Objective : The purpose of this study was to assess the craniomaxillofacial injuries managed at the Thunder Bay Regional Health Sciences Center (TBRHSC), Thunder Bay, Ontario, Canada Study.
Design : The records of the 1077 craniomaxillofacial injuries for TBRHSC over a 10-year period were reviewed. A number of parameters, including age, gender, race, mechanism of injury, type of facial injury, associated injuries, treatment modality and post-operative complications assessed.
Results : Males between the age of 18–25 sustained the majority of the injuries. Most of the fractures were the result of interpersonal violence, with alcohol and drug abuse being major co-factors. First Nations people comprised 70% of the injuries, despite only consisting of 17% of the population of the area. The most common fracture site was mandible (29%), followed by malar (22%) and dentoalveolar injuries (20%). There was a fracture recurrence rate of 7% in the trauma population.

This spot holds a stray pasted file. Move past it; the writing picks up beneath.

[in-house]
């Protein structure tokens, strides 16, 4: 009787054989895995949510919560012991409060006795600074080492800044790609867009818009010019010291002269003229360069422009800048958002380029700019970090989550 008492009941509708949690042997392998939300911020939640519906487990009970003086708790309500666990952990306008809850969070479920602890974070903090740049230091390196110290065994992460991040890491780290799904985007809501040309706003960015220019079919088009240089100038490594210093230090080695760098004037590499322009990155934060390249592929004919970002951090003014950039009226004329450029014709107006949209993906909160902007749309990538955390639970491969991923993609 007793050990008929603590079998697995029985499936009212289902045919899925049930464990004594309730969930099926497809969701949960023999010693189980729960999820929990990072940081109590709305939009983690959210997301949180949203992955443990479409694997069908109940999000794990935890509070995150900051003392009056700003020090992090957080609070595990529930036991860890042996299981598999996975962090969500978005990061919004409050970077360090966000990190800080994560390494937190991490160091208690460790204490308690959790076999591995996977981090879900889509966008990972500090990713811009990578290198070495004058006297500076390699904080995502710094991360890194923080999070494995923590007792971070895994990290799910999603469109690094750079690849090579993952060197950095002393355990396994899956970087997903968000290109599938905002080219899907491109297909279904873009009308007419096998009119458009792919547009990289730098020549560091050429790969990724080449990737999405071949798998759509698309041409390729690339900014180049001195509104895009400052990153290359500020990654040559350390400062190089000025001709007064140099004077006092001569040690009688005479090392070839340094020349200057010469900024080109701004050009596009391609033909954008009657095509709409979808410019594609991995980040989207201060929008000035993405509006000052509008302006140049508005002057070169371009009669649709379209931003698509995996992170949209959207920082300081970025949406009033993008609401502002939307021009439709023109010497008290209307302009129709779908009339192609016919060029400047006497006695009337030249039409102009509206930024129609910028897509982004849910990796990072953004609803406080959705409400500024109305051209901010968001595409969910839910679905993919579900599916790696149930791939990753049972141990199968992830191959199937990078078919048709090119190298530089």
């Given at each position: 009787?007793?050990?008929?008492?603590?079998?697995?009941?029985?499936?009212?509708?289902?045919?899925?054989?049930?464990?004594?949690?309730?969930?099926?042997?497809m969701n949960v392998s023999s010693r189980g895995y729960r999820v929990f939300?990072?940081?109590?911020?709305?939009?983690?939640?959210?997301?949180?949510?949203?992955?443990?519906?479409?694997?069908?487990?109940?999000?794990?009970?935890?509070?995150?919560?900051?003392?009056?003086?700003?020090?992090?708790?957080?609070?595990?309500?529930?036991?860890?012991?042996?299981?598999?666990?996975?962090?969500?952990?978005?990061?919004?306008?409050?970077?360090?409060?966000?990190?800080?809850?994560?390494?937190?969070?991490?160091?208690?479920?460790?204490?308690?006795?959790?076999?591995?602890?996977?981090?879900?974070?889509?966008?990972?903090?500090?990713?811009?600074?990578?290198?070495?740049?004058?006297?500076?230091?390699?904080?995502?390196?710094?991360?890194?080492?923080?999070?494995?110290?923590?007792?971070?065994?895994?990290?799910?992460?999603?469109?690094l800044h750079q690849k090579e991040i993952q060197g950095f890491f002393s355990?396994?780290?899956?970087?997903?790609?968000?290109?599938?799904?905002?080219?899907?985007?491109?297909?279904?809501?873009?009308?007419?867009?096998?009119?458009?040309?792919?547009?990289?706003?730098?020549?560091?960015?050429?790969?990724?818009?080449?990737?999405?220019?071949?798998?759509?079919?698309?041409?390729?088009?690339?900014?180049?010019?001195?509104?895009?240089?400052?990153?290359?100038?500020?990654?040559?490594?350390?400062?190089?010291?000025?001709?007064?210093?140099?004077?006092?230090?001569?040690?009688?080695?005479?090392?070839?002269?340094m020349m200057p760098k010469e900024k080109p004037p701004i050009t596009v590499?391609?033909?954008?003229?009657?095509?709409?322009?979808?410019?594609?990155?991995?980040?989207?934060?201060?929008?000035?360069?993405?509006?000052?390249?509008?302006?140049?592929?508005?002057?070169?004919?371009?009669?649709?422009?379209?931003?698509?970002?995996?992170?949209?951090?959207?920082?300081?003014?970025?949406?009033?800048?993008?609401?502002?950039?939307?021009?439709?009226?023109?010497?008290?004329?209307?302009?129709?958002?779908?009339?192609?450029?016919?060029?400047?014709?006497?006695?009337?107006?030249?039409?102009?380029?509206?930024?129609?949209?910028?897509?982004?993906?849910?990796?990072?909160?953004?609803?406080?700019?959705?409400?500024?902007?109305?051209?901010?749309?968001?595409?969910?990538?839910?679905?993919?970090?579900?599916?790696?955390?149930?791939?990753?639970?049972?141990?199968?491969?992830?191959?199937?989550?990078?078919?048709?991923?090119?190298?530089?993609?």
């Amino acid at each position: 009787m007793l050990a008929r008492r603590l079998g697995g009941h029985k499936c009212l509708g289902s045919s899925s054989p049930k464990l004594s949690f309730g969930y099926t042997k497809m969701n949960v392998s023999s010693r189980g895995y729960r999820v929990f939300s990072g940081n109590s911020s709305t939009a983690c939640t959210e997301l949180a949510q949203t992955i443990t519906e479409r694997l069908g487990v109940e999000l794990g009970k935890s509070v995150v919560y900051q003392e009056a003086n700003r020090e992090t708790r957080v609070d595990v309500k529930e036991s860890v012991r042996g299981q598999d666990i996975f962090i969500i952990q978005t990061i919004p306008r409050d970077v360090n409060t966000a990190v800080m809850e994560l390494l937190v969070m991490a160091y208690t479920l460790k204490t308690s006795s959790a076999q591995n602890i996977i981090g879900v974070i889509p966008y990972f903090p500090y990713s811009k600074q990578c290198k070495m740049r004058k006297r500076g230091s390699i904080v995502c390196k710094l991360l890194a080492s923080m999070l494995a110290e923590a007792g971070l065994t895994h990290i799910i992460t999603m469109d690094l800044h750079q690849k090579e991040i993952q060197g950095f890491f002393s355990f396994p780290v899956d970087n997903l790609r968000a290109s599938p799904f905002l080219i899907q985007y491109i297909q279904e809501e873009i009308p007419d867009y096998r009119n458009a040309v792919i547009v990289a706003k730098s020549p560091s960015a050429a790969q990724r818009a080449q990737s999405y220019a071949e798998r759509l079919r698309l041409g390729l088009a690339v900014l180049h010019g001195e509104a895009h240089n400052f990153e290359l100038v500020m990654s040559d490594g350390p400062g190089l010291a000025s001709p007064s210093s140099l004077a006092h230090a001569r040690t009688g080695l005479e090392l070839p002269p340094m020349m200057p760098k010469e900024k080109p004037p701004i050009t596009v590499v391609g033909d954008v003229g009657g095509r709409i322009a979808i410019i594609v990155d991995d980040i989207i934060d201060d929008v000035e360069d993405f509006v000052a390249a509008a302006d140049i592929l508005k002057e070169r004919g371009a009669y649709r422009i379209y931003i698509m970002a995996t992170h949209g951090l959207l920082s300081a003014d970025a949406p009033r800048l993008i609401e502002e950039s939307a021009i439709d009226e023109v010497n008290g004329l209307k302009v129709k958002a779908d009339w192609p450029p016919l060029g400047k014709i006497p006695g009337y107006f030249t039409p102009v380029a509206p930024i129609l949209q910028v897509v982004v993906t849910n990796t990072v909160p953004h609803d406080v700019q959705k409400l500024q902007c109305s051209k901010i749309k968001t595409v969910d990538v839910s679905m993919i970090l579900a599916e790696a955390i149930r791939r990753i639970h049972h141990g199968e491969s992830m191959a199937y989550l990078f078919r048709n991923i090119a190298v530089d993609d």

Conclusion : The findings of this study were similar to those reported in the world literature with regard to incidence and mechanism of fracture pattern as well as their related co-factors. Education, preventive measures along with an after-care programs have been developed to assist patients whom have suffered craniomaxillofacial injures.